Yet despite all this, the City still persists in planning and designing our streets on the assumption that traffic volumes are growing and will continue to grow.
The York Boulevard redesign is Two-Way In Name Only (TWINO) - three eastbound lanes and one westbound lane with no turning west onto York from James. Former traffic engineering manager Hart Solomon (since retired) nixed a proposed pedestrian scramble because he insisted that traffic volumes would continue to increase.
The planned redesign of Longwood Road will have five freaking lanes of traffic - four driving lanes and a dedicated centre turn lane - for just 18,000 cars a day. City staff are adamant that two driving lanes and a centre turn lane would cause unacceptable delays, even though the plan for a cycle track will now require the construction of a second bridge at a capital cost of millions of dollars.
Council spent more than four hours agonizing over whether to add a protected bike lane on Cannon - a street that barely has enough traffic to justify two lanes, let alone four. The design actually rejected all-day curbside parking west of Victoria, leaving narrower bike lanes and less room for physical separation, because the consultants were instructed not to do anything that would slow traffic, even during rush hour.
The assumption that traffic volume is like a background radiation that keeps increasing infuses all of the City's transportation plans. The only way, apparently, to overcome the tendency at all is for a project to come from a huge push by a group of engaged citizens - like Yes We Cannon - rather than from planning or transportation staff.
Even setting aside the false assumption that automobile traffic volumes will always go up, the city's traffic analysis persists in ignoring the effects of induced demand - the tendency for traffic to increase or decrease based on available lane capacity.
In short, when you reduce lane capacity, some of the traffic simply goes away. I love to quote from the summary of a major study by London Transport and the British Department of the Environment, which looked at the evidence frrm 60 cities in North America and Europe that decided to reduce lane capacity:
Many cities, either not provided with dissuasive modelling forecasts, or disbelieving them, have introduced measures to reallocate road space away from cars.
In general, they reported that there has often (but not always) been a fairly short period of traffic disruption, but that 'gridlock' or 'traffic chaos' are rare, and never last longer than a few days, as traffic adjusts relatively quickly to new conditions. Sometimes there has not even been a short-term problem.
Two characteristic comments from local transport planners are: 'it'll be all right by Friday', and the ubiquitous 'the traffic has disappeared and we simply don't know where it has gone to'.
Dear Hamilton traffic engineers and status quo politicians: your maps and models are leading you astray.
Update: Added even more photos of empty lower city streets.
By Pxtl (registered) - website | Posted March 26, 2014 at 11:22:00
I'm guessing that the work done on Victoria Street north of Barton will be the template: convert the rightmost lane into an unprotected car-width bike-lane - a very wide buffer protects the rider instead of any physical barrier. This keeps the lane "fallow" thanks to its minimal load, but it can still be ploughed as a car-lane and they can use it for cars during road-work on the car lanes. It's the cheapest way to take a lane out of commission and serve cylists. I imagine we'll see this treatment appear throughout the over-built industrial roads in the north-east end of town.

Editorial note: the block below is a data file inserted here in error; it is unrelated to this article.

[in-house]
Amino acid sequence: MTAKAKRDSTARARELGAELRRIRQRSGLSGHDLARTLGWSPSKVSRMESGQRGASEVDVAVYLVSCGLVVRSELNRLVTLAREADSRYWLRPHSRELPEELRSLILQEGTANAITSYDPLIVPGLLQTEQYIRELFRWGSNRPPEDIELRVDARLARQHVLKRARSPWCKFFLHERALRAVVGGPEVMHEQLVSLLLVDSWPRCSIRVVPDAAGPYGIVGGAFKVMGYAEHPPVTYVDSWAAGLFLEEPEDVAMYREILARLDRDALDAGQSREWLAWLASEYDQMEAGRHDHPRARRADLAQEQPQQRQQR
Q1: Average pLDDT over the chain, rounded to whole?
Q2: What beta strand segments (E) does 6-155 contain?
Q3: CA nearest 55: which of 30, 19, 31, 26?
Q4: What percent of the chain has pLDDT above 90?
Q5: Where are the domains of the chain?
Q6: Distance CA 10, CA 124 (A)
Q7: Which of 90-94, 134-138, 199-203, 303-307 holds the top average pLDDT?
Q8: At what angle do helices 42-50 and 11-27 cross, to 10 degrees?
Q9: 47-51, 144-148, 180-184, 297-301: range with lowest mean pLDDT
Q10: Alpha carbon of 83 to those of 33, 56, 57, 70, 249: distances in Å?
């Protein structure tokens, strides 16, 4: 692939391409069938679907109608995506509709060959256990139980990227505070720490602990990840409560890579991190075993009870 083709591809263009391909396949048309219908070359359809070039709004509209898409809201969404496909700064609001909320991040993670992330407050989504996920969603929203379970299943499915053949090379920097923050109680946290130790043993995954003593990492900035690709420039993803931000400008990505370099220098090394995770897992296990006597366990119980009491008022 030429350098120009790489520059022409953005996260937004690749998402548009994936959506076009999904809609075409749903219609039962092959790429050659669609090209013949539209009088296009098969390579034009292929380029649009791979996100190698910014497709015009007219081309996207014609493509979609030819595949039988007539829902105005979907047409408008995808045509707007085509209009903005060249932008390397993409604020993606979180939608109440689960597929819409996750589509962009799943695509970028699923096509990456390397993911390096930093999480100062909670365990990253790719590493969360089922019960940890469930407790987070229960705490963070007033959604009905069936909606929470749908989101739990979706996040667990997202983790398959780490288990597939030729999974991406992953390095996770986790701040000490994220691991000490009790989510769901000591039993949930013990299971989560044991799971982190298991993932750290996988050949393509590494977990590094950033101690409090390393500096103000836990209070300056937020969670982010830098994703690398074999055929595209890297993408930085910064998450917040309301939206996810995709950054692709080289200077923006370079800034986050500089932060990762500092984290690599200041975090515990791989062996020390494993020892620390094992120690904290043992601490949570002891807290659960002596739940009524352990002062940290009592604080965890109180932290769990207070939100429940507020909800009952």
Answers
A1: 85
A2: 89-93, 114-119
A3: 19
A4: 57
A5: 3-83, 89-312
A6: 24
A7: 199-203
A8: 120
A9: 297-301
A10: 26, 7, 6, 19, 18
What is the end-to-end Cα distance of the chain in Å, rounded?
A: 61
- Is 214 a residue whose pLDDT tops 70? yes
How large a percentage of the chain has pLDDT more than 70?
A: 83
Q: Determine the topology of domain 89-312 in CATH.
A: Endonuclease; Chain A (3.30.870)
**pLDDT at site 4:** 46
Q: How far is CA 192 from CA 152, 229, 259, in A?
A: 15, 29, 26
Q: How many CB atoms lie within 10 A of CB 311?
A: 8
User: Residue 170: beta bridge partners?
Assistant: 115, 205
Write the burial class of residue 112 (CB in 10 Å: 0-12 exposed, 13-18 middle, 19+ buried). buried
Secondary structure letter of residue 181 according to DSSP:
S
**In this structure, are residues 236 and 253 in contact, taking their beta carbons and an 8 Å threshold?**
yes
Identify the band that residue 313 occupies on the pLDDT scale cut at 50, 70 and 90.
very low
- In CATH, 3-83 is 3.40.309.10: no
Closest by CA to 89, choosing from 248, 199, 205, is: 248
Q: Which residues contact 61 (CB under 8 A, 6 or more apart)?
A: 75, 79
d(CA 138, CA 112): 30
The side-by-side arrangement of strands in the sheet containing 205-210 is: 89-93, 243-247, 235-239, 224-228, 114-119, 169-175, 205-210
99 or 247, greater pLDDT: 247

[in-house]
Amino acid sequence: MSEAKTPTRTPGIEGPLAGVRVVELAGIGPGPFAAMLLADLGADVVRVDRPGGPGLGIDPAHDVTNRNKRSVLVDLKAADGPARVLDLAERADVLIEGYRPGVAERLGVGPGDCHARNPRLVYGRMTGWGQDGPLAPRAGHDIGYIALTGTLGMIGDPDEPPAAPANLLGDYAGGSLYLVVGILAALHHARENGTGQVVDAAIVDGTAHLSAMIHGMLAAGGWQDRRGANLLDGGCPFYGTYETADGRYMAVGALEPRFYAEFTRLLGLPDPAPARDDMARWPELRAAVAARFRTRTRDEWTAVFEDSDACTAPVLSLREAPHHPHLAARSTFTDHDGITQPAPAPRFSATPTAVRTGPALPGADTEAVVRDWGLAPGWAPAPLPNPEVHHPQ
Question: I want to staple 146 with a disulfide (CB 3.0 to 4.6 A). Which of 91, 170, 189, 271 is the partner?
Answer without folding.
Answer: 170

Although I'm still totally confused why the bike-lane starts at Barton and why Wellington didn't get the same treatment - they were re-built within a year of each other, and there are now obvious benefits to connecting to Cannon.
By Sara (registered) | Posted March 26, 2014 at 11:24:45
One quibble - the reason teh Cannon St bike lane will be narrower West of Vicotria has nothing to do with potential slow down of traffic - but the impact on the bus service. There's very little recovery time for the #3 Canoon, so even if the delay was 1 min or so, it could lead to the need for another bus being put on the route.
By Stinson (registered) | Posted March 26, 2014 at 11:32:08
But a 5 lane rymal is coming: "Four: Rymal Road will soon be widened to five lanes in order to meet the demand. "I've got files on this one that are as wide as one of the actual lanes," she says stretching her arms out as far as they'll go." http://www.electbrendajohnson.ca
By double-double standard (anonymous) | Posted March 26, 2014 at 11:57:40 in reply to Comment 99168
I hope downtown councilors make a big stink about this, poring over the capital cost and spending half a day on how much it will be to plough all those extra lanes in the winter. Maybe we'll have to close the extra lanes if it costs too much. After all Rymal Road belongs to the entire city, not just the people who live there! Also the councillors Rymal runs through have "an avowed interest" in it so their opinions don't count. Right?
By major6 (anonymous) | Posted March 26, 2014 at 12:02:58
The RHVP has been successful in creating an alternative to downtown through traffic. Time to take back the streets.
By gimics38 (registered) | Posted March 26, 2014 at 12:13:56
I love this comment:
"In general, they reported that there has often (but not always) been a fairly short period of traffic disruption, but that 'gridlock' or 'traffic chaos' are rare, and never last longer than a few days, as traffic adjusts relatively quickly to new conditions. Sometimes there has not even been a short-term problem."